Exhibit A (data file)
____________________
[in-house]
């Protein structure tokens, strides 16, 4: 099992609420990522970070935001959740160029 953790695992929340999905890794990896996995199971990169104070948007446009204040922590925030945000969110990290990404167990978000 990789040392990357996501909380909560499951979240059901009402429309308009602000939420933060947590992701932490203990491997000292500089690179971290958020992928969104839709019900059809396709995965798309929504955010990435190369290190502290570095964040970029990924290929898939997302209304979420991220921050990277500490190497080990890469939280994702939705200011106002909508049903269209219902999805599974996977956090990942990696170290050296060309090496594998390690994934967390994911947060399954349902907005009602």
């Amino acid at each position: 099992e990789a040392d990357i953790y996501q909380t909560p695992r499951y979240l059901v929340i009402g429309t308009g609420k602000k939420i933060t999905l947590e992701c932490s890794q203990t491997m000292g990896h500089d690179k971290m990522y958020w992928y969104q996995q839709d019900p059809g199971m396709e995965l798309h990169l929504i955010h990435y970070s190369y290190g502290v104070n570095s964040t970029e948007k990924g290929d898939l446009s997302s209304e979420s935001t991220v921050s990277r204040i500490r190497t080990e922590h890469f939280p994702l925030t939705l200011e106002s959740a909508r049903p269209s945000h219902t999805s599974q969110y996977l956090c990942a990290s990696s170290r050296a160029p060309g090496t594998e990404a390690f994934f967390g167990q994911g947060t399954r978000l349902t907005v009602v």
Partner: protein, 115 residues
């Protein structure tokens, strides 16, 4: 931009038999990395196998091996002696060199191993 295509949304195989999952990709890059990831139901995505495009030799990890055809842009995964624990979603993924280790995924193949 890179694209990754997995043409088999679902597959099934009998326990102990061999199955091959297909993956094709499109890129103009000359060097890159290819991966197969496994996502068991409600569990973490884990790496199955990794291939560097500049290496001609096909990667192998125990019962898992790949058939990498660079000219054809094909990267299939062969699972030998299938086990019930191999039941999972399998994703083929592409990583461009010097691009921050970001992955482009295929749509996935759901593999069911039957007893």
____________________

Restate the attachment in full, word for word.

[in-house]
């Protein structure tokens, strides 16, 4: 099992609420990522970070935001959740160029 953790695992929340999905890794990896996995199971990169104070948007446009204040922590925030945000969110990290990404167990978000 990789040392990357996501909380909560499951979240059901009402429309308009602000939420933060947590992701932490203990491997000292500089690179971290958020992928969104839709019900059809396709995965798309929504955010990435190369290190502290570095964040970029990924290929898939997302209304979420991220921050990277500490190497080990890469939280994702939705200011106002909508049903269209219902999805599974996977956090990942990696170290050296060309090496594998390690994934967390994911947060399954349902907005009602």
């Amino acid at each position: 099992e990789a040392d990357i953790y996501q909380t909560p695992r499951y979240l059901v929340i009402g429309t308009g609420k602000k939420i933060t999905l947590e992701c932490s890794q203990t491997m000292g990896h500089d690179k971290m990522y958020w992928y969104q996995q839709d019900p059809g199971m396709e995965l798309h990169l929504i955010h990435y970070s190369y290190g502290v104070n570095s964040t970029e948007k990924g290929d898939l446009s997302s209304e979420s935001t991220v921050s990277r204040i500490r190497t080990e922590h890469f939280p994702l925030t939705l200011e106002s959740a909508r049903p269209s945000h219902t999805s599974q969110y996977l956090c990942a990290s990696s170290r050296a160029p060309g090496t594998e990404a390690f994934f967390g167990q994911g947060t399954r978000l349902t907005v009602v």
Partner: protein, 115 residues
């Protein structure tokens, strides 16, 4: 931009038999990395196998091996002696060199191993 295509949304195989999952990709890059990831139901995505495009030799990890055809842009995964624990979603993924280790995924193949 890179694209990754997995043409088999679902597959099934009998326990102990061999199955091959297909993956094709499109890129103009000359060097890159290819991966197969496994996502068991409600569990973490884990790496199955990794291939560097500049290496001609096909990667192998125990019962898992790949058939990498660079000219054809094909990267299939062969699972030998299938086990019930191999039941999972399998994703083929592409990583461009010097691009921050970001992955482009295929749509996935759901593999069911039957007893």